Leading theater critic says performance cancelled by Bolshoi Theater amid ‘gay propaganda’ rumors could have been the greatest ballet of the 21st century
On July 11, a new ballet directed by Kirill Serebrennikov was scheduled to premiere at the Bolshoi Theater in Moscow. Three days before Opening Day, however, the theater’s management announced that the premiere was being delayed a full year, claiming that the performance wasn’t yet ready. Sources in the theater industry suspect that the decision to postpone “Nureyev” was made under pressure from Russia’s Culture Ministry, and possibly because Culture Minister Vladimir Medinsky personally objected to the ballet’s supposed “gay propaganda.” The show’s final dress rehearsal was on July 8, and it was captured on video. Five fragments of this footage later leaked onto the Internet, as has footage from an earlier rehearsal on July 6. Tatyana Kuznetsova, a theater critic for the newspaper Kommersant, watched these videos and concluded that “Nureyev” appears to have been the best ballet produced by any theater in the world, so far this century. Meduza summarizes her review.
Tatyana Kuznetsova argues that the ballet by Serebrennikov and choreographer Yuri Posokhov, based on one of the most famous dancers of the 20th century, Rudolf Nureyev, has exceptional artistic merit. The theater critic watched five videos filmed during the ballet’s final dress rehearsal (totaling 53 minutes), concluding that the play showed no signs of being unfinished and was ready for the public.
This directly contradicts comments by Vladimir Urin, the general director of the Bolshoi Theater, who justified the cancellation of the ballet’s premiere on the grounds that the dancers still hadn’t learned Posokhov’s choreography.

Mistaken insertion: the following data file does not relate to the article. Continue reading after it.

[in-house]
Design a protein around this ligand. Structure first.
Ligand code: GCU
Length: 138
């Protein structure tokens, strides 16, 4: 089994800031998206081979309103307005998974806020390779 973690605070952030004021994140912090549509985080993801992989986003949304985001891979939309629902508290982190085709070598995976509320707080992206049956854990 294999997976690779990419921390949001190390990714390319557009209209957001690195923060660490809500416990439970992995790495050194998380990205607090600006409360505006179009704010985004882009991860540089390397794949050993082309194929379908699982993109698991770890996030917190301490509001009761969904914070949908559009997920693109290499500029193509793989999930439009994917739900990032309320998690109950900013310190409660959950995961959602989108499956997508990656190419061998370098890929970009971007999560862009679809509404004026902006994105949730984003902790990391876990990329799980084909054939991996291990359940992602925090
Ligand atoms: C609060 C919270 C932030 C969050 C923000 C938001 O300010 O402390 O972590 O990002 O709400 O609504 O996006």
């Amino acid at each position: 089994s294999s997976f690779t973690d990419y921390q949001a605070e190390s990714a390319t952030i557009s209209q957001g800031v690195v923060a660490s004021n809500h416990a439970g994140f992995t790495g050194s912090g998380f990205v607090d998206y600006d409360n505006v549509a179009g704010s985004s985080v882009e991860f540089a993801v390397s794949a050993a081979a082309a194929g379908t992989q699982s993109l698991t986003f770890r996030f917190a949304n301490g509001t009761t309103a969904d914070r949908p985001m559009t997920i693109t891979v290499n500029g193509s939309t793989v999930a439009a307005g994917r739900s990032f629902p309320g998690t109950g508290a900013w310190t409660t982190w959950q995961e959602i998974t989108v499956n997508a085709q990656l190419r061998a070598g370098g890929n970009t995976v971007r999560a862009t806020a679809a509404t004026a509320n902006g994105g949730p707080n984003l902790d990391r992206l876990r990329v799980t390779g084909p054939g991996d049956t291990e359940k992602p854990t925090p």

The ballet's plot is anchored by scenes of auctions where Nureyev’s possessions were sold off. The different auction lots are tied to different periods in the dancer’s life: lessons at the Leningrad School, a production of “La Bayadère” at the Paris Opera, his romance with Danish dancer Eric Brun. In her review, Kuznetsova says the play tells Nureyev’s story tastefully, without even a hint of vulgarity. The ballet is not about sex, she writes, but love: “gay love and straight love, love of dance, love of life, and love of freedom.” The show’s choreography is like “breathing,” Kuznetsova says, noting that Posokhov packed the show with dancing while avoiding tedium and repetition.
In her review, Tatyana Kuznetsova concludes that the world musical stage has yet to see a ballet this century on the scale or significance of “Nureyev.” In her opinion, the show could have been a landmark performance for the Bolshoi Theater, as Alexey Ratmansky’s staging of “The Bright Stream” was more than a decade ago. Choreographer Yuri Posokhov should be asked to serve as the theater’s chief visiting choreographer, Kuznetsova argues.
Without a doubt, “Nureyev” could have become the Bolshoi Theater’s most successful and profitable ballet since the fall of the USSR. It was guaranteed sell-out crowds at every Russian performance and permanent inclusion in the touring repertoire. Now, against a background of growing social hysteria, it’s already clear that the play’s fate in Moscow is doomed. It’s unlikely that “Nureyev” will reach the stage on May 4 or 5, 2018, like the theater’s general director promised reporters. But this psychological blockbuster ballet could debut on any serious stage in the world with the same triumph it would have had in Moscow (though, sadly, without its remarkable Russian performers). I have one question: how many years will the Bolshoi Theater, which ordered and produced “Nureyev,” own the exclusive rights to stage the play, and when will Yuri Posokhov, Kirill Serebrennikov, and Ilya Demutsky be its true owners?